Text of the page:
After trading two 2nd round and one 3rd round pick to move up and secure Josh Allen and Tremaine Edmunds, the Bills made their next choice just at the end of the round 3, the pick from the trade with the Eagles, number 96 overall, that became Stanford defensive tackle Harrison Phillips.
The 6’3″ 307 lb DT led his team with 103 tackles in his senior season while playing mostly at the nose tackle position, a really impressive feat. Then, at the combine, he showed his top notch strength and work ethic, leading all players with 42 reps on the bench press. Phillips is, by all accounts, an extremely dedicated and smart player, with a great motor and elite ability against the run. According Pro Football Focus, he led the nation with 38 run stops last season, with a second-best 12.9 run stopping percentage. He can contribute starting day one.
Phillips leveraging his gap and easily disengaging.. pic.twitter.com/QpXzCocF3A— Cover 1 (@Cover1) February 1, 2018
But with all this production and background, what made Phillips slide to the end of the 3rd round? First, he comes to the league as an extremely raw pass rusher, shown by his less-than-ideal 6.3 PFF pass rush productivity grade. He lacks a variety of moves in this department, always trusting his power and nonstop motor to achieve success.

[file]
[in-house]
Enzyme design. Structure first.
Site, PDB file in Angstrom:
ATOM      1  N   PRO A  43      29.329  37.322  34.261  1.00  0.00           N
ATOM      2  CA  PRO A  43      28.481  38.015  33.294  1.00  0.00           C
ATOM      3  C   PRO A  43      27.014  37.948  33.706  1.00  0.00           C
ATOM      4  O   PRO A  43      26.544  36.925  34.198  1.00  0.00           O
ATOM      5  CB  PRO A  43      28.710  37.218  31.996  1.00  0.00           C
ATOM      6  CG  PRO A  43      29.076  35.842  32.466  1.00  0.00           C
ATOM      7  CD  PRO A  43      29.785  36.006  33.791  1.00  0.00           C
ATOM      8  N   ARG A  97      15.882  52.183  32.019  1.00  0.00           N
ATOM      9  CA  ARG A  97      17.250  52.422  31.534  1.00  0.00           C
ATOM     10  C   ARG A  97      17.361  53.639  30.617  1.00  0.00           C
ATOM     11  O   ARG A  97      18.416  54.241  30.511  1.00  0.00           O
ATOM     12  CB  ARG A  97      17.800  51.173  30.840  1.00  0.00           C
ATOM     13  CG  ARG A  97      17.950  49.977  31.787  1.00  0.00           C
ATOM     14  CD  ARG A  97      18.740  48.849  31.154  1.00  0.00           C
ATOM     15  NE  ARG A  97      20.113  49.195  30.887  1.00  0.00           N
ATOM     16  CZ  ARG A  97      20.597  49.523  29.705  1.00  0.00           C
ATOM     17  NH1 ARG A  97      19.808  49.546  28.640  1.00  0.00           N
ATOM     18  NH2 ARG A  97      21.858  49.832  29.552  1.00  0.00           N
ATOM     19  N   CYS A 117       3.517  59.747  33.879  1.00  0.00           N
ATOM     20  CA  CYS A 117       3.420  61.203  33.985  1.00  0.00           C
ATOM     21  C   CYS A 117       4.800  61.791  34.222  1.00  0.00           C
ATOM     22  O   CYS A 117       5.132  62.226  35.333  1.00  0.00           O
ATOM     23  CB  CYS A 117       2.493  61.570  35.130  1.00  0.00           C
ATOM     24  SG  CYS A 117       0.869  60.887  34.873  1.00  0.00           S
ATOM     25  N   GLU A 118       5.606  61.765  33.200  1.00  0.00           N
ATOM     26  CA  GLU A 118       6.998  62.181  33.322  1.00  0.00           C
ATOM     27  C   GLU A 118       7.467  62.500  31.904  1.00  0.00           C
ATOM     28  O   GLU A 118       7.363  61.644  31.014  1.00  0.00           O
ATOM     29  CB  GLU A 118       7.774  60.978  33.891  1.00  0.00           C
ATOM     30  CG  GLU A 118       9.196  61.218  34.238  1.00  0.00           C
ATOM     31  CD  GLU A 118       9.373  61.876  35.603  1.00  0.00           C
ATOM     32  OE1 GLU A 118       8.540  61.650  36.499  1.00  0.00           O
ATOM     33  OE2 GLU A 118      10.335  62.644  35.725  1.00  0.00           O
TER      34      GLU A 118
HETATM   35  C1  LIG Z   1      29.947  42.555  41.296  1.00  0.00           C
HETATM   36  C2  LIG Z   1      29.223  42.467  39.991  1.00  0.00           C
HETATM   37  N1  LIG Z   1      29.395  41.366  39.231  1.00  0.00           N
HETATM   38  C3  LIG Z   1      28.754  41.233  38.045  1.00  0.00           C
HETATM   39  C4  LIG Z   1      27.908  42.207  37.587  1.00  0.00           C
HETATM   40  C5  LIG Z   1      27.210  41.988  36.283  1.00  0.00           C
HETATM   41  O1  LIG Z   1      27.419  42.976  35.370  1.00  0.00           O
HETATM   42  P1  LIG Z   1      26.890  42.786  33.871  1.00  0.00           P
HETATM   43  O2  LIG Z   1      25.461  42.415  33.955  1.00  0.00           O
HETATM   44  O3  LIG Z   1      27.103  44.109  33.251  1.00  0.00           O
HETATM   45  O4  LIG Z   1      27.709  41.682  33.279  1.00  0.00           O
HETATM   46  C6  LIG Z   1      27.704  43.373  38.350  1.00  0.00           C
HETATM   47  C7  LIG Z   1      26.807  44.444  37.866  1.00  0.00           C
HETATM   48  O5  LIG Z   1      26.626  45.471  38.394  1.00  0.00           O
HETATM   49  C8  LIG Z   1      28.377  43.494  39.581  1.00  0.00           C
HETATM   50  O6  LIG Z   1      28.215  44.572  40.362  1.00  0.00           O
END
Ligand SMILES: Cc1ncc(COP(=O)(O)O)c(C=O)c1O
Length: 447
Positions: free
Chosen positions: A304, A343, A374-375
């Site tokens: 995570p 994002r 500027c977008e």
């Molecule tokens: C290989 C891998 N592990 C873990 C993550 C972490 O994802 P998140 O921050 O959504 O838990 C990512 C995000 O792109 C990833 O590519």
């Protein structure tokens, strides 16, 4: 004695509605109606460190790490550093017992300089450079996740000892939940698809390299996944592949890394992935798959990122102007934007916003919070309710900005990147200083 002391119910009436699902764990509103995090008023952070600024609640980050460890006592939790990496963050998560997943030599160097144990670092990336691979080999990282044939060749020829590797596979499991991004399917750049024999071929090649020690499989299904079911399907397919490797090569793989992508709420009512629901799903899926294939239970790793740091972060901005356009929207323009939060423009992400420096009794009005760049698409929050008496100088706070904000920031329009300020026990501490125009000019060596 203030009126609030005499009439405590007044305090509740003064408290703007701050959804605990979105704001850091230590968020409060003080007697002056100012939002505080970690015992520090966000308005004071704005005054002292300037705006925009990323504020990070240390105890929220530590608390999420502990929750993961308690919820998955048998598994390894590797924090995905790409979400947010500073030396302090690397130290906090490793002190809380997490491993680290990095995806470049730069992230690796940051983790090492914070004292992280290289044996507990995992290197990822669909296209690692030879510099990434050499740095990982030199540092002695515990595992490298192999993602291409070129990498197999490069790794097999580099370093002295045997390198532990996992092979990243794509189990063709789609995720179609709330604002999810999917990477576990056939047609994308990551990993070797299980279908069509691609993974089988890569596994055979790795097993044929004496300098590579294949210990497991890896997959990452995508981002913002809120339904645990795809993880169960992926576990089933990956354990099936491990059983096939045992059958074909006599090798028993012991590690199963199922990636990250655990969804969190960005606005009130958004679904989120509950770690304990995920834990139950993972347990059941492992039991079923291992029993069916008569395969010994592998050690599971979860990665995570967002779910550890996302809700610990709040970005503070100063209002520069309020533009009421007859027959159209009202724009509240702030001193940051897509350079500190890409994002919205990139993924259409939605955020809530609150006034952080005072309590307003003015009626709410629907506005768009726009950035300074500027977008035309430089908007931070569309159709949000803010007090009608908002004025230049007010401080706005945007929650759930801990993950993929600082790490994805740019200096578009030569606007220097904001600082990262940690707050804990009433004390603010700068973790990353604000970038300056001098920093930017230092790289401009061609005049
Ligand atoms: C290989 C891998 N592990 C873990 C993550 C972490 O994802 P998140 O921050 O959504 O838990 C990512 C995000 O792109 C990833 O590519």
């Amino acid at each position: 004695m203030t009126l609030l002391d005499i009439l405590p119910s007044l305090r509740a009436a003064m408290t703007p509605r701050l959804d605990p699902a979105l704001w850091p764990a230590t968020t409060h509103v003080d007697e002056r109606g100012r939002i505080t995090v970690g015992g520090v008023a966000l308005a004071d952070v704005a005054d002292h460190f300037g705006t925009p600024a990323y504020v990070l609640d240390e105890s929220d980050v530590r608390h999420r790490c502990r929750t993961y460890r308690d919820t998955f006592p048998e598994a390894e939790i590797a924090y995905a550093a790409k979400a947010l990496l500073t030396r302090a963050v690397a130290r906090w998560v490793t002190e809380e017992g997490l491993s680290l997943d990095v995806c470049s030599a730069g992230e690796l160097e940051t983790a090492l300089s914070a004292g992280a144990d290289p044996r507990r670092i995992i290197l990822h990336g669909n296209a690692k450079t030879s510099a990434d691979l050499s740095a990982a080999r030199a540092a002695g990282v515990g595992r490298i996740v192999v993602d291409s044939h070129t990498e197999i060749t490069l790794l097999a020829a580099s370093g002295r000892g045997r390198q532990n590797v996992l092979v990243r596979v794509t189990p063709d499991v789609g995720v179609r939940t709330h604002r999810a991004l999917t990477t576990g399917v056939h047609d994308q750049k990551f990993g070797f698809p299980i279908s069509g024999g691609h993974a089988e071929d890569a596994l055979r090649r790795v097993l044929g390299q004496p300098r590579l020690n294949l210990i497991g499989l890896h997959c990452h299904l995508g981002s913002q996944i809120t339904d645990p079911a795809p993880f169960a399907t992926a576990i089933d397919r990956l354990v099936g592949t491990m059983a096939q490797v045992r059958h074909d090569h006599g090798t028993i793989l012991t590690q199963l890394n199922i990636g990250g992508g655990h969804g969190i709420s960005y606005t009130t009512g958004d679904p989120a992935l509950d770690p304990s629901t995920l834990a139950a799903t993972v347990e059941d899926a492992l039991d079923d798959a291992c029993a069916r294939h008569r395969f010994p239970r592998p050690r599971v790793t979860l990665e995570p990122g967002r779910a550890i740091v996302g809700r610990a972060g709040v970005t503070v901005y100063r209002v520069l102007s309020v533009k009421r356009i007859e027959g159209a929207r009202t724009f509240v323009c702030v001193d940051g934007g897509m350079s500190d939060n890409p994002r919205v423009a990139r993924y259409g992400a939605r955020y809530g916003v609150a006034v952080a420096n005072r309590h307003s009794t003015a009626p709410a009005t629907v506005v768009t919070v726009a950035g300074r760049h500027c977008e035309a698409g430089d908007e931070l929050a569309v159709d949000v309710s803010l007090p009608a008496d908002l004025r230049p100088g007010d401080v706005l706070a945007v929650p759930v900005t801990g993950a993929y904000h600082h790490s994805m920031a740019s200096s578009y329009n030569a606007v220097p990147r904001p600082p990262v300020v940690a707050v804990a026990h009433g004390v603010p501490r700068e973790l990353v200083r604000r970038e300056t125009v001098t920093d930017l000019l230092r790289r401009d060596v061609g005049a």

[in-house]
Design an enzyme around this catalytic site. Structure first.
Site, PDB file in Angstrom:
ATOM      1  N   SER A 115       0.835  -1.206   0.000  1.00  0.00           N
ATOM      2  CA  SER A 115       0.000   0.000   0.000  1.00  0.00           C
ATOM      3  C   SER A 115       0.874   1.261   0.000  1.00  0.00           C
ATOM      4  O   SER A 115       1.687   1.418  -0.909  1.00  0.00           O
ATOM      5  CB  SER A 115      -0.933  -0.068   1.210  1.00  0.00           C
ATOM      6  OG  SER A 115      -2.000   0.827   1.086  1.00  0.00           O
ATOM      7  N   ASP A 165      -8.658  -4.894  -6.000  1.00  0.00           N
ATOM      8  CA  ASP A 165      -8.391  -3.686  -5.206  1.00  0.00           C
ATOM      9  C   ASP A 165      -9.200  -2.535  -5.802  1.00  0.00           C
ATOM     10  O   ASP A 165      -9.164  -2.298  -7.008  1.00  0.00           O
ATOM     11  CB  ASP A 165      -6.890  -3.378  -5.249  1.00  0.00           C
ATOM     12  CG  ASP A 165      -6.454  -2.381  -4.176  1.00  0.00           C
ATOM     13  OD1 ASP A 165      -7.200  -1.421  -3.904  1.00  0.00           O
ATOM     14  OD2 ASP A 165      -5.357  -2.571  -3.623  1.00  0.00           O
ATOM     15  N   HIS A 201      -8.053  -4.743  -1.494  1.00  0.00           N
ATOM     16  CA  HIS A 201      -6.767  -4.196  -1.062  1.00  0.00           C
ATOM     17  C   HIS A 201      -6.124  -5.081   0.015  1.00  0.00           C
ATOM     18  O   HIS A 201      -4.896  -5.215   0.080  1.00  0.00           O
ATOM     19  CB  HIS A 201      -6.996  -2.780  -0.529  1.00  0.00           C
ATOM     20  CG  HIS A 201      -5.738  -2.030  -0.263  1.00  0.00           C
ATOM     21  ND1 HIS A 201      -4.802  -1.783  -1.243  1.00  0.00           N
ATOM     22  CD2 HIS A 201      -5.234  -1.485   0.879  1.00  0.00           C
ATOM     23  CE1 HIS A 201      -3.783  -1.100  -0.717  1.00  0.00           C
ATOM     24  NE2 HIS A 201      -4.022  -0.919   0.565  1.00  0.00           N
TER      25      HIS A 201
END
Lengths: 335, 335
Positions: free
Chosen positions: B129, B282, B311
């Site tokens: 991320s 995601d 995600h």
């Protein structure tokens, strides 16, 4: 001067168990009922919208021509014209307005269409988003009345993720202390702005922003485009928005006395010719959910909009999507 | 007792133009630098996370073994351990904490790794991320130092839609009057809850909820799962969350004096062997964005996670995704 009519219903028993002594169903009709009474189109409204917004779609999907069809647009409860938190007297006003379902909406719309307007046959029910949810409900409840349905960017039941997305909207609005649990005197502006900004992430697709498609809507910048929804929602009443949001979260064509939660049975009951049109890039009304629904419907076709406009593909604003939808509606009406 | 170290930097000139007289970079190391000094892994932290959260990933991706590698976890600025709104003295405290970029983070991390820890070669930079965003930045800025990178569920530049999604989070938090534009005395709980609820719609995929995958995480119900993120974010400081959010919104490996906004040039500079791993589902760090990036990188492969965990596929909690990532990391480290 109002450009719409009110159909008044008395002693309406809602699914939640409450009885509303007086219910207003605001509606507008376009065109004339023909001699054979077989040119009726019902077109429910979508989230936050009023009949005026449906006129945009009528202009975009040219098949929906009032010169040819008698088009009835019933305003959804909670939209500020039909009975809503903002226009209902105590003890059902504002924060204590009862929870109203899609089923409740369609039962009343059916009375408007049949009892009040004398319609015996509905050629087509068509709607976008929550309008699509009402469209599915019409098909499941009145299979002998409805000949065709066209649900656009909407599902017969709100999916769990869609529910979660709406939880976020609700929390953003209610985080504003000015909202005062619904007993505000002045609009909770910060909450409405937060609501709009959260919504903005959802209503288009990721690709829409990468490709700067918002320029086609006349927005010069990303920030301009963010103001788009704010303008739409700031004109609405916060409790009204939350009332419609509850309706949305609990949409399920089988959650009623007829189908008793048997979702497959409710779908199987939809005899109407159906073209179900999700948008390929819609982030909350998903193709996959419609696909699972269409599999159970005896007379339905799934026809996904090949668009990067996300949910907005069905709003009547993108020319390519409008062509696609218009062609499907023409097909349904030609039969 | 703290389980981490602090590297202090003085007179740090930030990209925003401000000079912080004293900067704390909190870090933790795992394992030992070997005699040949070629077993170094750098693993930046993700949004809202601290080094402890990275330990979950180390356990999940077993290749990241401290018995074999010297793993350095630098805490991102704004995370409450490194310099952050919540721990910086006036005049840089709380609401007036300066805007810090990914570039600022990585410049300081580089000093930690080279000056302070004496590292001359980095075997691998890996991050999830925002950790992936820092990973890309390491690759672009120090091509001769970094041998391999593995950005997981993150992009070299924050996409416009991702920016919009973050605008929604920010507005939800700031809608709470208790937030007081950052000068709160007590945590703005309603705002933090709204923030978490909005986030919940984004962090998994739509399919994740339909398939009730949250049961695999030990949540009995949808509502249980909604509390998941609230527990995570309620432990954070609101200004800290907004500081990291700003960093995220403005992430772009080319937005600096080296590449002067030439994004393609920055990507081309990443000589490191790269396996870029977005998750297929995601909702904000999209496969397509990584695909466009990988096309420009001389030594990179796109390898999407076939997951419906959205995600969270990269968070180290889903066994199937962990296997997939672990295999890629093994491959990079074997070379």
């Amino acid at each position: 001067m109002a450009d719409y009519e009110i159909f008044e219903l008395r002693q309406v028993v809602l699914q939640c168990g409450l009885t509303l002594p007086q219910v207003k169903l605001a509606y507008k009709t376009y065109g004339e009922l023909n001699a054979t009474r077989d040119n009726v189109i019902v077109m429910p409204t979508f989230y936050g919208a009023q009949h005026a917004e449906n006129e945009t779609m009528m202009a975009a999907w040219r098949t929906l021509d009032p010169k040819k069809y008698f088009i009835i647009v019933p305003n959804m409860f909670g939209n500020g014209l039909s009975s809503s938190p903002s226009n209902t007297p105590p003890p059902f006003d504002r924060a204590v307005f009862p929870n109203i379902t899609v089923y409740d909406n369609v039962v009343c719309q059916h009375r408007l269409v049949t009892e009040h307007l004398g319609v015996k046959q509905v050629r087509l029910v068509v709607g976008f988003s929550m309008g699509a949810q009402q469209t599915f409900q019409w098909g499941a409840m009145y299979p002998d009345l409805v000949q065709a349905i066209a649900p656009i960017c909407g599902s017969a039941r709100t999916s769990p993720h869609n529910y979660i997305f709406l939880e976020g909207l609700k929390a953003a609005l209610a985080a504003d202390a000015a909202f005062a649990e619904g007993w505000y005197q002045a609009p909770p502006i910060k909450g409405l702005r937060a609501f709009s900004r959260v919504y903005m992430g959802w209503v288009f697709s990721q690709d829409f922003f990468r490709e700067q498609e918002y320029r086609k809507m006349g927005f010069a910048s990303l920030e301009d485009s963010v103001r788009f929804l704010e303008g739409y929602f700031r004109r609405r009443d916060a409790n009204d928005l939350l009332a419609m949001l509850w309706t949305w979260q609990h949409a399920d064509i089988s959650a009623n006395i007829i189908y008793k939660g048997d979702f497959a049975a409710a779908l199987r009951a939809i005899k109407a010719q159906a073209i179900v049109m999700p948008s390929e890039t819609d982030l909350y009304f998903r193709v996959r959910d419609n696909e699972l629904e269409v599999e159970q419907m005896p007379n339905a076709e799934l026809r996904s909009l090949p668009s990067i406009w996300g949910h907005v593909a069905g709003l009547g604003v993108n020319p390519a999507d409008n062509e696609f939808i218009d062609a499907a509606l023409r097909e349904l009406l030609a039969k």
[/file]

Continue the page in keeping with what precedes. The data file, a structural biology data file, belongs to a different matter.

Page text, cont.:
Phillips with a nice rep. pic.twitter.com/0L2fbA5OwM— Cover 1 (@Cover1) April 6, 2018
Another concern is his struggles against double teams, a big problem for a nose tackle at the next level. A NFL NT needs to be able to hold up against double teams, and Phillips lacks ideal size and length (33 7/8″ arms) to consistently hold up there.
Guard is unable to climb so Mccray shoots the gap. Nice block by the Bama center Bozeman. Overtakes the block on Phillips and finishes. pic.twitter.com/FyQRRgOJnl— Cover 1 (@Cover1) March 31, 2018
He plays with high pad level too often, and that can be seen on good and bad reps.
Normal day at the office for DT Harrison Phillips, very good hand placement, leverages his gap with his helmet in the hole, disengages and stuffs the RB. pic.twitter.com/JnmpRGkjHX— Cover 1 (@Cover1) April 5, 2018
Since the pre-draft process, we heard some analysts comparing the former Cardinal to Bills legend Kyle Williams. Despite being different players, with Kyle the more athletic all around DT and Phillips the more powerful run stopper, it’s easy to understand the comparison. Both are built more like guards, lacking the length and size that the NFL people covet at the position. At this moment, Phillips lacks the prototypical size of a NT and the pass rushing skills to be a great 3 tech DT. Beane and McDermott already said he will probably get playing time rotating at both positions and, learning from a guy who beat all the odds, he will be able to develop into the next great Bills defensive tackle.